The ruling on affirmative action, the rulings for a web designer to refuse to design same-sex websites, and the decision to strike down President Biden’s student loan forgiveness plan are expected to generate calls from the left to expand or “pack” the High Court and impose terms for Supreme Court justices. Calls to change the makeup of the Supreme Court have emerged as a response to the appointments of more conservative justices under former President Donald Trump. While concrete steps have not been taken by Congress to diminish the power of justices appointed by Republican presidents, recent high-profile rulings against the Biden administration have reignited demands for an increase in the number of justices.
Democratic Minnesota Sen. Tina Smith tweeted, “People don’t have to live under constant fear of the Supreme Court. We can’t sit on our hands while these justices carry out the bidding of right-wing organizations. Expand the Court.”
Although President Biden has established a commission to study the proposal, he has not endorsed the idea of expanding the court. In an interview with MSNBC’s Nicole Wallace, he expressed concerns that expanding the court would permanently politicize it in an unhealthy way. However, he also shared his view that the current court is “too young and too conservative,” which could have detrimental effects on the country.
The left’s discontent with the composition of the Supreme Court stems from recent and past events. Liberals accuse conservatives and Trump of unfairly obtaining at least two seats on the court, potentially tipping the balance of power among the nine justices. When Trump unexpectedly won the 2016 election, the stage was set for a shift in the ideological makeup of the high court.
Then-Senate Majority Leader Mitch McConnell refused to allow President Barack Obama’s Supreme Court nominee, Merrick Garland, to have a hearing in 2016 after the death of Justice Antonin Scalia. McConnell argued that a justice should not be confirmed during a presidential election year. However, after Trump’s victory in 2016, McConnell successfully guided the confirmation of Justice Neil Gorsuch to replace Scalia in 2017. To overcome a Democratic filibuster, McConnell implemented the “nuclear option.” The Democrats had previously utilized this option in 2013 to bypass filibusters for nominations other than Supreme Court justices. McConnell’s use of the nuclear option secured Gorsuch’s nomination, preventing Democrats from filibustering it. In 2018, McConnell again relied on the nuclear option to confirm Justice Brett Kavanaugh.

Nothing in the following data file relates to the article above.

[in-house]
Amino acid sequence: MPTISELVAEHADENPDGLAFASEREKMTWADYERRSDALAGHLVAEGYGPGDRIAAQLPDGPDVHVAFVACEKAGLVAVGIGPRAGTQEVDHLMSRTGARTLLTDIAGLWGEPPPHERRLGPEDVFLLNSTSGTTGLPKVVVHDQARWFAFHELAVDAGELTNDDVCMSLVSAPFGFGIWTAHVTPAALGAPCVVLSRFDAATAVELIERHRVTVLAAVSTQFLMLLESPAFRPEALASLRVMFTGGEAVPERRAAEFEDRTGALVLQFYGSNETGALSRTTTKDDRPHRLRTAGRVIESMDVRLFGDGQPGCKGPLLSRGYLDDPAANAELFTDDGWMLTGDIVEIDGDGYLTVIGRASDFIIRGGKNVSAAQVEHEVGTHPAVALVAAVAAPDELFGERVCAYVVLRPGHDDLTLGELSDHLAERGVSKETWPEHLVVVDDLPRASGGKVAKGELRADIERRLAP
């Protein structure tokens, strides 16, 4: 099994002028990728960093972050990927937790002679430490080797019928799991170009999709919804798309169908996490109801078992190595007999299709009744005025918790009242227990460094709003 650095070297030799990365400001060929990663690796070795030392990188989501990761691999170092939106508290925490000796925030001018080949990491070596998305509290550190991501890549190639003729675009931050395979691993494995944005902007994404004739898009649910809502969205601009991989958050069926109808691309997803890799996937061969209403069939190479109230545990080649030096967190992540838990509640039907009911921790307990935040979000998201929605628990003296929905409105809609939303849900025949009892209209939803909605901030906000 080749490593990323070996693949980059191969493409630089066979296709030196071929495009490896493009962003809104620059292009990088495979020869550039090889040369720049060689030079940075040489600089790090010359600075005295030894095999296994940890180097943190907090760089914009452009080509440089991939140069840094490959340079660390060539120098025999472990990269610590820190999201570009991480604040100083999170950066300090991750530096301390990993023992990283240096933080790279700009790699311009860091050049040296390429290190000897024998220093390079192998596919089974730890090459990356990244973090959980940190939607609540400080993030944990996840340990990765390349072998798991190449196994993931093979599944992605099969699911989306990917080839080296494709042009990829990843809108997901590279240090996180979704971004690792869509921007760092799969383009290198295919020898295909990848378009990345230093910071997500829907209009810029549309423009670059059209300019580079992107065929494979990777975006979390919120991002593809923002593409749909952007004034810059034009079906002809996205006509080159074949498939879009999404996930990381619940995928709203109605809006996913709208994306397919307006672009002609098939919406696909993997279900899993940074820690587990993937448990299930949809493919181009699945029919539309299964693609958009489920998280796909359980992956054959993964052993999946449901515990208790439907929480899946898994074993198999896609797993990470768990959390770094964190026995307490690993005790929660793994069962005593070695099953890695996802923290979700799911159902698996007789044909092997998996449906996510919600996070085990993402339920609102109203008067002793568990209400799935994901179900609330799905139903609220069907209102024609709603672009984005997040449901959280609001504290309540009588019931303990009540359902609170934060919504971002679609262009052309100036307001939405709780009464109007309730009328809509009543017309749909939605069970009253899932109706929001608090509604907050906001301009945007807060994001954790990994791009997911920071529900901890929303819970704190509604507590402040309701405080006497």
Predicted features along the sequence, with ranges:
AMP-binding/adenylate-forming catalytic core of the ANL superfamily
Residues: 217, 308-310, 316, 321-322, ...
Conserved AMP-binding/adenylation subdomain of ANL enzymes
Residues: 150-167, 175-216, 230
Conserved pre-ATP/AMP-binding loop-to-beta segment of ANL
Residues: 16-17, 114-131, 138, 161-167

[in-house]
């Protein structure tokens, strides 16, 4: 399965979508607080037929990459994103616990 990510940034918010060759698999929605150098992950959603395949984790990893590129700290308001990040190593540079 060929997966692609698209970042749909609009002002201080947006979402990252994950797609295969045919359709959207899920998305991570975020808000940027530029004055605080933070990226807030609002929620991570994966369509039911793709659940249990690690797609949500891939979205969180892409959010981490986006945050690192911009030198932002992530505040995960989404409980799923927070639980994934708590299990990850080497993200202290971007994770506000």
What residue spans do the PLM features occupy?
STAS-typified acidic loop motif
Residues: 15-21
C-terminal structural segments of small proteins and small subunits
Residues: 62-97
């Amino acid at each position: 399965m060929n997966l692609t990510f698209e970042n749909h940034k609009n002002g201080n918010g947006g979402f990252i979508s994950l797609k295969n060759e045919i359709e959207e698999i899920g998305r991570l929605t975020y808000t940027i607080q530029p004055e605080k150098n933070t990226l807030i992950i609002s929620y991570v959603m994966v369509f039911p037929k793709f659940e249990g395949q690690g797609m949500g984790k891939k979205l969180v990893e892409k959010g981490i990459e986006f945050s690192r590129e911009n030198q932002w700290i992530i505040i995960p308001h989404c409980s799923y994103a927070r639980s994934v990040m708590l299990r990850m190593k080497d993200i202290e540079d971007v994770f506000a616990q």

Following the death of Justice Ruth Bader Ginsburg, McConnell disregarded his 2016 stance and pushed through the confirmation of Justice Amy Coney Barrett just days before the 2020 presidential election. These actions have left liberals furious about the composition of the Supreme Court and the subsequent rulings. As a result, they are advocating for changes to the fundamental makeup of the court, which is determined by statute rather than the Constitution, making it theoretically possible to expand its size.
Liberals remain upset about the Supreme Court’s decision in favor of former President George W. Bush over Democratic nominee Al Gore in the contested 2000 election. This allowed Bush to fill two seats on the Supreme Court with U.S. Chief Justice John Roberts in 2005 and Justice Samuel Alito in 2006.
The size of the Supreme Court has always been subject to political considerations. In 1863, Congress added a 10th seat to the Supreme Court for President Abraham Lincoln, although Lincoln never made an appointment. However, there were concerns that President Andrew Johnson might alter the court, prompting Congress to reduce the size to seven justices in 1867. Once Johnson left office, the number was switched back to nine for President Ulysses S. Grant. In 1937, President Franklin Delano Roosevelt attempted to “pack” the court by adding justices for every member over the age of 70. His goal was to install six of his own justices, but the plan faced strong opposition from the public and was vehemently rejected by the Senate Judiciary Committee.
Source: NYNNC

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